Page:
On May 22, 2009, a fire broke out in the Armadale Juvenile Correctional Centre, in Alexandria, St. Ann Parish, Jamaica. Seven girls were burned to death. Five died the night of the fire: Ann-Marie Samuels, Nerrissa King, and Rachael King, all 16 years old; and Kaychell Nelson and Shauna-Lee Kerr, both 15. Later, two more died from the fire: Georgina Saunders, 16, Stephanie Smith, 17.
There were 23 girls in a small space. Sixteen managed to crawl through the fire, to the narrow windows, and out.
Armadale was shut down. An inquiry was launched. The Armadale Enquiry Commission met for over nine months. Its report roundly condemns the government. The fire was set by a spark from a tear gas canister, tossed in the room by a guard. The straw bedding ignited.
On March 2, 2010, Prime Minister Bruce Golding reported to Parliament. The Jamaican press reports that the government “accepts `ultimate responsibility’ for Armadale.” Advocates on all sides debate the government response.
In his remarks, the Prime Minister, not surprisingly, frames the story as tragedy. He opens with tragedy: “The report of the Commission of Enquiry into the tragedy that occurred at the Armadale Juvenile Correctional Centre on May 22, 2009 is being tabled in the House today.”
He closes with tragedy: “The awful tragedy that occurred at Armadale should not have been allowed to happen. We must ensure that no such tragedy ever again occurs. Some wards of our juvenile correctional institutions have turned out to be exceptionally good and successful adults. We must strive to ensure that they are not the exception but become the norm.”
He articulates `ultimate responsibility’ as a function of tragedy: “While public officers must be held accountable for the discharge of their duties, the government must accept ultimate responsibility for the circumstances that led to the Armadale tragedy and for the inadequate facilities provided to care for children who are placed in juvenile correctional or remand facilities. Resource constraints do impose a heavy burden on public officers who work in these facilities but it cannot explain or excuse negligence or inertia.”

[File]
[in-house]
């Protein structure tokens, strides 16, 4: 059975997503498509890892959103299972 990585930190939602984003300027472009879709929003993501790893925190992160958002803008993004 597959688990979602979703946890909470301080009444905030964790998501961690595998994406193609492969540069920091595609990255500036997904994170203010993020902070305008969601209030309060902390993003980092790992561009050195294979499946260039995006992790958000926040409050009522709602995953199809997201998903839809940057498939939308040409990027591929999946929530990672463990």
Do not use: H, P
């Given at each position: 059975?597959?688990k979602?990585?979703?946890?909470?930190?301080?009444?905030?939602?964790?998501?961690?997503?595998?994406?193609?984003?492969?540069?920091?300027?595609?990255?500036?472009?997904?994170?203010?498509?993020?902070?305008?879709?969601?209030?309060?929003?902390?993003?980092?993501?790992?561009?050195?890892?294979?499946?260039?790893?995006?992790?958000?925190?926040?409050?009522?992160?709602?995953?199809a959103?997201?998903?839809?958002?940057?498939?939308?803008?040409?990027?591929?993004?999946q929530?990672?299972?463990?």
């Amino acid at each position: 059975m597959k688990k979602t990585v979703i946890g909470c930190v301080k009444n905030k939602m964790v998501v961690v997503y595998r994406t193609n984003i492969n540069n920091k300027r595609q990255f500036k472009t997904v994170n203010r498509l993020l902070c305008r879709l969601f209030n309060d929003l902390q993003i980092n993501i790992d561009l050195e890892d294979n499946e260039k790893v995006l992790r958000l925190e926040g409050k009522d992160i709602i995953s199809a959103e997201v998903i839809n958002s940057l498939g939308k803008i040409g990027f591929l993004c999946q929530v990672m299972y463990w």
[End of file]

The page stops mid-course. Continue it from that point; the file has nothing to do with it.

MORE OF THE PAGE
What exactly is the tragedy here, and how is ultimate responsibility to be understood?
Almost one hundred years ago, there was another fire, women killed, tragedy invoked.
March 25, 1911: “Near closing time on Saturday afternoon, March 25, 1911, a fire broke out on the top floors of the Asch Building in the Triangle Waist Company. Within minutes, the quiet spring afternoon erupted into madness, a terrifying moment in time, disrupting forever the lives of young workers. By the time the fire was over, 146 of the 500 employees had died. The survivors were left to live and relive those agonizing moments. The victims and their families, the people passing by who witnessed the desperate leaps from ninth floor windows, and the City of New York would never be the same.”
What happened that Saturday, in New York City? When the fire struck, the workers, almost all women, almost all recent immigrants, ran to the fire exits and found them locked, rushed to the windows only to find that the ladders and the water hoses didn’t reach that high. The young women then decided … to die by the flame or to leap and die in the fall. Who had decided to build such tall buildings? Who had decided to lock the doors?
“The Triangle fire had been replayed as tragedy, as destiny, as horror story, as political catalyst. Now it would be examined once more, as a question of justice: Was it right to hold anyone personally responsible? And if it was right, was it possible?”
There is no distance in time or miles between the 1911 Triangle Waist Factory, New York, fire, and the 2009 Armadale Juvenile Correctional Centre, St Ann Parish, one. What, then, is the tragedy; is it possible to hold anyone responsible?
If women are locked in, sooner or later the fires will kill them. If women are forced into overcrowded spaces, sooner or later the fires will kill them. How can planned death be accidental? How can a horrible event that is not destined but rather designed by human beings and perfectly obvious in its detail, how exactly can that event be called a tragedy?
The nobility of the tragic that was so quickly, so easily painted across the face of these two events is a means of obscuring their ordinariness. And it is the ordinariness of the deaths at Armadale and at Triangle that haunts. These are stories of the ways in which death sentences are imposed on women workers, on women prisoners, on women.
Someone was meant to die at Armadale, and that someone was meant to be a young woman, a girl. Which girl, how many girls, remained open. But someone was meant to die there, in a fire. And someone did. And she was a young woman, a girl. And absolutely no one can claim ultimate responsibility for that until they have transformed the everyday world of ordinary women and girls in which women are the fastest growing prison population, and women are the majority of sweatshop workers.
Dan Moshenberg, email@example.com